Carrie Underwood joined country music’s biggest stars and most loyal fans to celebrate the Grand Ole Opry‘s 90th birthday. Before taking the stage to perform her most recent hit “Smoke Break,” she took some time to answer some questions about her the Grand Ole Opry and what makes it so special to her.
Q: When you first came to Nashville, what made you want to be a part of this institution and family?
Carrie: It’s just such a part of country music. It’s like our church. It’s the heart of country music and people have such a love and respect for the Grand Ole Opry. I just knew the 1st that I came here I knew what a special place it was and that I wanted to be a part of it.
Q: What does it mean to country music and country music fans that this place is turning 90 and hopefully another 90?
Carrie: It’s about the staying power and the tradition of country music. It’s where an artist can have a long career and the fans can grow with the artist. They’re loyal and they stick with us. It’s amazing that people can come to the Opry and come see the Oak Ridge Boys and get a little Carrie Underwood thrown in there. It’s a great place for fans to come and see a little bit of everything.
Q: The most emotional moments for a lot of artists is when they’re asked to join and when they’re actually inducted. What were those 2 moments like for you? What do you remember most about it?
Carrie: The night I was asked to join it was a total shock and surprise. It was such a special evening and me singing “I told you so” and then Randy Travis walking out. It was, “Oh my gosh. Are you kidding me? Of course I’d like to be a part of this family.” And the night I got inducted for Garth Brooks of all people to be inducting me, it was such a special night. It will always be one of the greatest accomplishments of my career.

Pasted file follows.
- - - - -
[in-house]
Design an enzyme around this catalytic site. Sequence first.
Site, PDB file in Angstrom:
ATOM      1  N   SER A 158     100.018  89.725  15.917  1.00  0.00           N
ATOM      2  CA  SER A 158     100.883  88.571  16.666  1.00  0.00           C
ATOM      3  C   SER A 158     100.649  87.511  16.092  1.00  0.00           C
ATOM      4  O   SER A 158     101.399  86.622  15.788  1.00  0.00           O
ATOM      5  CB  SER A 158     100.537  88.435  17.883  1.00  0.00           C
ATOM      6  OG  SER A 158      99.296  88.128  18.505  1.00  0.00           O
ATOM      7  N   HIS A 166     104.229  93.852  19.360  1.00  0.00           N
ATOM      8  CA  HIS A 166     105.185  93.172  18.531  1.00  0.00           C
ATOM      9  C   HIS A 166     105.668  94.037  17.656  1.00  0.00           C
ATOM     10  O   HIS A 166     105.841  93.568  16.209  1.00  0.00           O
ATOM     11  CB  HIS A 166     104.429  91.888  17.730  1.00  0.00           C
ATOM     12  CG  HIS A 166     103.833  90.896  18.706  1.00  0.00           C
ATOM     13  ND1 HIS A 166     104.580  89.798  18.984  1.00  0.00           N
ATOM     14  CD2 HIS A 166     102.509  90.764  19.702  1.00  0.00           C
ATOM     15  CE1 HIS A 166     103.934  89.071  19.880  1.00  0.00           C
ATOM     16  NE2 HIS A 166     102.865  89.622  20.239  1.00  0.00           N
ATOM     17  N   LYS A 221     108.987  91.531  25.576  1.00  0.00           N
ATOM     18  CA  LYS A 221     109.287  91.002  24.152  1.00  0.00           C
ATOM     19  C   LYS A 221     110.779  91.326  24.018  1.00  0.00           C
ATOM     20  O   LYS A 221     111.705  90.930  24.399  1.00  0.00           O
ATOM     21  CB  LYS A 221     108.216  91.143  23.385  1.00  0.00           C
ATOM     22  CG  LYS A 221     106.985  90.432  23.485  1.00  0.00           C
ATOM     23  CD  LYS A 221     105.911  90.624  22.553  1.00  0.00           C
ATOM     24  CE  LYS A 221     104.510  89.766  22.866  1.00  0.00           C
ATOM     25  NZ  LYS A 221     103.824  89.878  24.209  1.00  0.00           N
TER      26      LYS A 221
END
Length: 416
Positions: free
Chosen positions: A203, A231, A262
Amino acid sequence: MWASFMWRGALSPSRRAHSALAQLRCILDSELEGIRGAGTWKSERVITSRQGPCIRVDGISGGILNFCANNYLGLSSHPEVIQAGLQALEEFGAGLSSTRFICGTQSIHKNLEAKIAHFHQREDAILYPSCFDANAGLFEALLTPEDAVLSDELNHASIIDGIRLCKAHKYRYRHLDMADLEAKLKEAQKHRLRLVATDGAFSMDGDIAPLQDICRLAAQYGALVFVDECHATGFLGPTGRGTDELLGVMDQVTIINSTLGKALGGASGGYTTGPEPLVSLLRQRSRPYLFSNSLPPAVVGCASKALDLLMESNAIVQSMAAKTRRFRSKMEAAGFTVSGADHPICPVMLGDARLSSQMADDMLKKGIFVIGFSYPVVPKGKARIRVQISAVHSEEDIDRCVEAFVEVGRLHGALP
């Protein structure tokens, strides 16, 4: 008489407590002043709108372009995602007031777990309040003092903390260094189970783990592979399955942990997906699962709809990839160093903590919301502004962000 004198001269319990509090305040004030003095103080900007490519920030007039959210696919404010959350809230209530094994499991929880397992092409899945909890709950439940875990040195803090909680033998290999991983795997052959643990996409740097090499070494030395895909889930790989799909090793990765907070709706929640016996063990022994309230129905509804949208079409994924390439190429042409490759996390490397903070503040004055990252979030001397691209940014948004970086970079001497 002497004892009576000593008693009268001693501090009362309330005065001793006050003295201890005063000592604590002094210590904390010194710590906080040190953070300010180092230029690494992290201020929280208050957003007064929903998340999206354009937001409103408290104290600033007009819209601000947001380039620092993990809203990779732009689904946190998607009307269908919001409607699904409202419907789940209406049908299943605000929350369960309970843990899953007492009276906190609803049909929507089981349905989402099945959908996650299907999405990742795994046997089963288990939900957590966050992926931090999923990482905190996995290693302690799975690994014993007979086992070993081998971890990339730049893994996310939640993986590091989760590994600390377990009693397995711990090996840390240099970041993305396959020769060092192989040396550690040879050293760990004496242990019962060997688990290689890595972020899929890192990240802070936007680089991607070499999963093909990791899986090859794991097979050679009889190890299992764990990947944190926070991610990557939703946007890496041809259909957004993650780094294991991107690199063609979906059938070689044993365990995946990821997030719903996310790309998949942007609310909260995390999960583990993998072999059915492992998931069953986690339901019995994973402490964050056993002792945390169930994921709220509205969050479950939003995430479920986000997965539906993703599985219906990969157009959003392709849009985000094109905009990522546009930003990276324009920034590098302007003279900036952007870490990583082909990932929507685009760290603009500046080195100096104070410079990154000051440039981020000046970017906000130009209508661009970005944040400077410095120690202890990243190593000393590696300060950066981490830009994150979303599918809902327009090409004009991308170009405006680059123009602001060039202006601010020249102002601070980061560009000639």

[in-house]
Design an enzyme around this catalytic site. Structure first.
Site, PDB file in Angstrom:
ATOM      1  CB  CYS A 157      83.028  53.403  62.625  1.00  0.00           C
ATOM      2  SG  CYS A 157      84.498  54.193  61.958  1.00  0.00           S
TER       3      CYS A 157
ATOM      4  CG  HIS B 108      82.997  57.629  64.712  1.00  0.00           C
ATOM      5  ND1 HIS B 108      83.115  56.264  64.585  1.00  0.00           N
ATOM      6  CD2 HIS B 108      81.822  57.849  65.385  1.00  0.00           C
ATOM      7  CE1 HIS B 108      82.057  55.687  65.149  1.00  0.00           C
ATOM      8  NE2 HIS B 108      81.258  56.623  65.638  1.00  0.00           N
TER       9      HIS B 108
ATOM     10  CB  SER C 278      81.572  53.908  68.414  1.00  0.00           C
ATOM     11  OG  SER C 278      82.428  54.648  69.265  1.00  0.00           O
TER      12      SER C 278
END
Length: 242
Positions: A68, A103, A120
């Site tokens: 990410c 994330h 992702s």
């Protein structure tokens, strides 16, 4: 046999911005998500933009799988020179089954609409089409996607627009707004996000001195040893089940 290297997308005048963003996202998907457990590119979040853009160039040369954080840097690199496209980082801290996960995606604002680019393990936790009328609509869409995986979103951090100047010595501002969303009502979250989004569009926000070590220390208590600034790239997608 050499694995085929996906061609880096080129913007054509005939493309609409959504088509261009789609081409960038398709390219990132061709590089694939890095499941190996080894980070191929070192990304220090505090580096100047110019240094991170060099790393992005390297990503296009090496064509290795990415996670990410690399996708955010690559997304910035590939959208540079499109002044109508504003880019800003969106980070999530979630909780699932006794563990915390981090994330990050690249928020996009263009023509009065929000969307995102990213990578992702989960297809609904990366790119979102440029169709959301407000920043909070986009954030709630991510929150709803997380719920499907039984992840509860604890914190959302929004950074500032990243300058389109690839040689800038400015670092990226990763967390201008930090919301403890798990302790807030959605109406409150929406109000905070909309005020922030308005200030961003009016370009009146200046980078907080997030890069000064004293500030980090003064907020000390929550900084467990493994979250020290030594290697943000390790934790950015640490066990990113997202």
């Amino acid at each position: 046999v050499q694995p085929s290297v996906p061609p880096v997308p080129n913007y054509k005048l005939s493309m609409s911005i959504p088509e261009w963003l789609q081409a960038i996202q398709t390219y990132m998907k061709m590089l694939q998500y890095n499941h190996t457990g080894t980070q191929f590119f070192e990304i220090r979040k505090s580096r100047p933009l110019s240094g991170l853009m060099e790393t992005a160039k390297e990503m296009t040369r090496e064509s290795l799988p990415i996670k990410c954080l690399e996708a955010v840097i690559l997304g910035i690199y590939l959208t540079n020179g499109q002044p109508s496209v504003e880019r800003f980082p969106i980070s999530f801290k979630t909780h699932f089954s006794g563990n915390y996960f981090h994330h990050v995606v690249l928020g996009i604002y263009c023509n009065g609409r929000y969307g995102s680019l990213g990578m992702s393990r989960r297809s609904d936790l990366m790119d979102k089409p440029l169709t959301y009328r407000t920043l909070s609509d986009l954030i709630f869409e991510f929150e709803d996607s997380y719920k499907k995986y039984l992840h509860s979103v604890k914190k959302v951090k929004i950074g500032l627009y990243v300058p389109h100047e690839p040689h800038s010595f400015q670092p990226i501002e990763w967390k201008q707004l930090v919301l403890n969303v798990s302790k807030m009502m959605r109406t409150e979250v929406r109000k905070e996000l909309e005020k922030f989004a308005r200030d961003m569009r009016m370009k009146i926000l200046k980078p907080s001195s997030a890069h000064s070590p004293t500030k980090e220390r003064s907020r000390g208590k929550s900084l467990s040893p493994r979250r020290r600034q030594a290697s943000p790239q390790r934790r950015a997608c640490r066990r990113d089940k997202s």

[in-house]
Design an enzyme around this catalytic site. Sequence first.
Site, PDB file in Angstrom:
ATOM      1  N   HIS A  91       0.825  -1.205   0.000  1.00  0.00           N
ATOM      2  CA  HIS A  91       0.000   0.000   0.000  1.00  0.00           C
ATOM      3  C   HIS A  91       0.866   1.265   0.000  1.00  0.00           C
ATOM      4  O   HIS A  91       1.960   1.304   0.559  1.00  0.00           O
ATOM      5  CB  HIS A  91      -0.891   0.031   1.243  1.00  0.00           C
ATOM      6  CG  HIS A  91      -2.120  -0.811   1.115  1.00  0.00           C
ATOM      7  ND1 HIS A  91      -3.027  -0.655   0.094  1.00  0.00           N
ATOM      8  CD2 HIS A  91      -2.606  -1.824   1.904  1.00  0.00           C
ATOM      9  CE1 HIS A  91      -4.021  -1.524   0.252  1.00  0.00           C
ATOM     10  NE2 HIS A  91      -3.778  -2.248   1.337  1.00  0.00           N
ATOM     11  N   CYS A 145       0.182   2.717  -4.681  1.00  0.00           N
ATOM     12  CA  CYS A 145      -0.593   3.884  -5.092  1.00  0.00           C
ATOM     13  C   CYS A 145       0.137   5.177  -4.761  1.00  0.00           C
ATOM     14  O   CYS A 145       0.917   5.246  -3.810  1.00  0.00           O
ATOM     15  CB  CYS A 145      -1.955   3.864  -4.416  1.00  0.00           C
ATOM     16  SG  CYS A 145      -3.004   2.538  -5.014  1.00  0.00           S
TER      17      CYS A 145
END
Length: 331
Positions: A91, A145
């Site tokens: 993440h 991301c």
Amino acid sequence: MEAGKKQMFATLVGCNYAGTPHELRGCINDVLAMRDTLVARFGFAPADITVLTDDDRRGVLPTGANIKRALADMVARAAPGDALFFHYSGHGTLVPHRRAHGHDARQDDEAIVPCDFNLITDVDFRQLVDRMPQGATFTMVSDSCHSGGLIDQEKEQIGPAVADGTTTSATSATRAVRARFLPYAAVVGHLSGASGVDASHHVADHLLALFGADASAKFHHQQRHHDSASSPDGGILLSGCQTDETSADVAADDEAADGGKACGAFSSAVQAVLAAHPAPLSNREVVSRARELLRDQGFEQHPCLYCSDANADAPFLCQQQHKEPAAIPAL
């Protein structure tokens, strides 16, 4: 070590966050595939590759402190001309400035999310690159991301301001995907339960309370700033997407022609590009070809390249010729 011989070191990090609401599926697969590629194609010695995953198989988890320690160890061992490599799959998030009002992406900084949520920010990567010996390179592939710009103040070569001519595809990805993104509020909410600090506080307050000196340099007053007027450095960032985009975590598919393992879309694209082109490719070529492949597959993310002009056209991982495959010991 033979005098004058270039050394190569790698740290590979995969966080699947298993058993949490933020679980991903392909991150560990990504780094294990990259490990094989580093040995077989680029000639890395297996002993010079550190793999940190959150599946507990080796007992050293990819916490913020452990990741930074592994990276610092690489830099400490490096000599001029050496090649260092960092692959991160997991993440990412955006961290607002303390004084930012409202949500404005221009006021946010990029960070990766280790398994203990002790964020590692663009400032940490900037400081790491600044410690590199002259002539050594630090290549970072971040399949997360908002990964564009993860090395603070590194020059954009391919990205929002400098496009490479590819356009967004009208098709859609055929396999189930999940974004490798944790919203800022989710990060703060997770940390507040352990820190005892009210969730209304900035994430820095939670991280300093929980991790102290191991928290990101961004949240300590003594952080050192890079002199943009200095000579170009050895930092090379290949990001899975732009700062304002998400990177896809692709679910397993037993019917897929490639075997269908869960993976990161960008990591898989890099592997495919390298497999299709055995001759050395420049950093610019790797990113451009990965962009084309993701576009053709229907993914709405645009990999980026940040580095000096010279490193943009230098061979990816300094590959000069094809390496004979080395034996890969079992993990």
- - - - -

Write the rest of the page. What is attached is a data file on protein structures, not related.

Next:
Q: What do you remember about your first performance here?
Carrie: It was a total whirlwind. It was incredible. I felt unworthy and still do to a certain extent just because it’s the Grand Ole Opry.
Q: Coming out of “American Idol,” were you nervous about being accepted by country music or by the Opry?
Carrie: That was a step to me because they wouldn’t have had me here. I felt that was step one. They let me in the doors; they let me on the stage; they let me sing. I was nervous people were like “she just came off this TV talent show. What’s she gonna do?” But that’s a part of the reason why I wanted to come to Nashville immediately and say, “This is what I want to do. This is where I want to be.”
Q: Do you remember what the audience reaction was?
Carrie: I remember there being a lot of people and a lot of young people. People come down from the audience and make their way to the stage and stand by the stage and I thought, “That’s so cool.” People get out of their seats and rush the stage just to be there.
Q: How will you explain how special this place is to your son?
Carrie: I think he’ll get it. You can feel it just walking up and down the halls and just looking at the pictures. It’ll be fun to explain who the people are in the pictures and seeing the light bulb going off in his head, “Oh mommy listens to that person at home.” It will be cool for him to realize how many incredible legends are members of the Opry and to think that his mommy is in that grouping, it’ll be special.
Q: Do you have any particular moments backstage?
Carrie: It’s just nice to see everybody in a more relaxed setting. At award shows and CMA Fest everything is just crazy. It’s just relaxed. It’s like you’re in your house jamming.
Q: Do you remember what it was like to see artists around the corner that you looked up to?
Carrie: That first trip here I ran into people that I listened to on the radio and they know my name. It was I kept thinking, “How am I here?”
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